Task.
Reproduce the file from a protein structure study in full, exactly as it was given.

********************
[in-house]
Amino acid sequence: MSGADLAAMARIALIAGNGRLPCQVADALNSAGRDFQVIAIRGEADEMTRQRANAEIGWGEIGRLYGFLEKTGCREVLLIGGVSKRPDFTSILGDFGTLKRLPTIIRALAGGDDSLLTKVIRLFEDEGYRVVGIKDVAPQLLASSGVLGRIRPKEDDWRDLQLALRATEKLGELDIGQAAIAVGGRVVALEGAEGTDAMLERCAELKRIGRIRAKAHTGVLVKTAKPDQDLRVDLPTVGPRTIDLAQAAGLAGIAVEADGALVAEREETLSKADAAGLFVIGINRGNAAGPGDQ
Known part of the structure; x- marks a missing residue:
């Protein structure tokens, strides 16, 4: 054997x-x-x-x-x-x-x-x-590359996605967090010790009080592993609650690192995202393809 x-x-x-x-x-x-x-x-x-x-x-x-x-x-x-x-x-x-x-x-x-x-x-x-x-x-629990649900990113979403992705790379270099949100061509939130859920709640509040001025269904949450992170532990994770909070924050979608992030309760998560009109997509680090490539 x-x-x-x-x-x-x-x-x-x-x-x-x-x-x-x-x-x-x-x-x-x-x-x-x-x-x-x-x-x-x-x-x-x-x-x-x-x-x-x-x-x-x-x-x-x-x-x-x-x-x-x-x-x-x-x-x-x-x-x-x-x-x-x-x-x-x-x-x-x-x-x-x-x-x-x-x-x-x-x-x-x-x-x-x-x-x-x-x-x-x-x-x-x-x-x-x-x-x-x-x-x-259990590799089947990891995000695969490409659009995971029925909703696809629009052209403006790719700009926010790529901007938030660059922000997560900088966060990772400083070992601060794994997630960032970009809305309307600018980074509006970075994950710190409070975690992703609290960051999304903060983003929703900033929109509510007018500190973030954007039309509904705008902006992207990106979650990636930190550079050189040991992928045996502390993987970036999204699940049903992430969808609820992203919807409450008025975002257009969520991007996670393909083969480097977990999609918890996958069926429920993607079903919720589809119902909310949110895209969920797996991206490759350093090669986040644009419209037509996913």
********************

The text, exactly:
[in-house]
Amino acid sequence: MSGADLAAMARIALIAGNGRLPCQVADALNSAGRDFQVIAIRGEADEMTRQRANAEIGWGEIGRLYGFLEKTGCREVLLIGGVSKRPDFTSILGDFGTLKRLPTIIRALAGGDDSLLTKVIRLFEDEGYRVVGIKDVAPQLLASSGVLGRIRPKEDDWRDLQLALRATEKLGELDIGQAAIAVGGRVVALEGAEGTDAMLERCAELKRIGRIRAKAHTGVLVKTAKPDQDLRVDLPTVGPRTIDLAQAAGLAGIAVEADGALVAEREETLSKADAAGLFVIGINRGNAAGPGDQ
Known part of the structure; x- marks a missing residue:
């Protein structure tokens, strides 16, 4: 054997x-x-x-x-x-x-x-x-590359996605967090010790009080592993609650690192995202393809 x-x-x-x-x-x-x-x-x-x-x-x-x-x-x-x-x-x-x-x-x-x-x-x-x-x-629990649900990113979403992705790379270099949100061509939130859920709640509040001025269904949450992170532990994770909070924050979608992030309760998560009109997509680090490539 x-x-x-x-x-x-x-x-x-x-x-x-x-x-x-x-x-x-x-x-x-x-x-x-x-x-x-x-x-x-x-x-x-x-x-x-x-x-x-x-x-x-x-x-x-x-x-x-x-x-x-x-x-x-x-x-x-x-x-x-x-x-x-x-x-x-x-x-x-x-x-x-x-x-x-x-x-x-x-x-x-x-x-x-x-x-x-x-x-x-x-x-x-x-x-x-x-x-x-x-x-x-259990590799089947990891995000695969490409659009995971029925909703696809629009052209403006790719700009926010790529901007938030660059922000997560900088966060990772400083070992601060794994997630960032970009809305309307600018980074509006970075994950710190409070975690992703609290960051999304903060983003929703900033929109509510007018500190973030954007039309509904705008902006992207990106979650990636930190550079050189040991992928045996502390993987970036999204699940049903992430969808609820992203919807409450008025975002257009969520991007996670393909083969480097977990999609918890996958069926429920993607079903919720589809119902909310949110895209969920797996991206490759350093090669986040644009419209037509996913």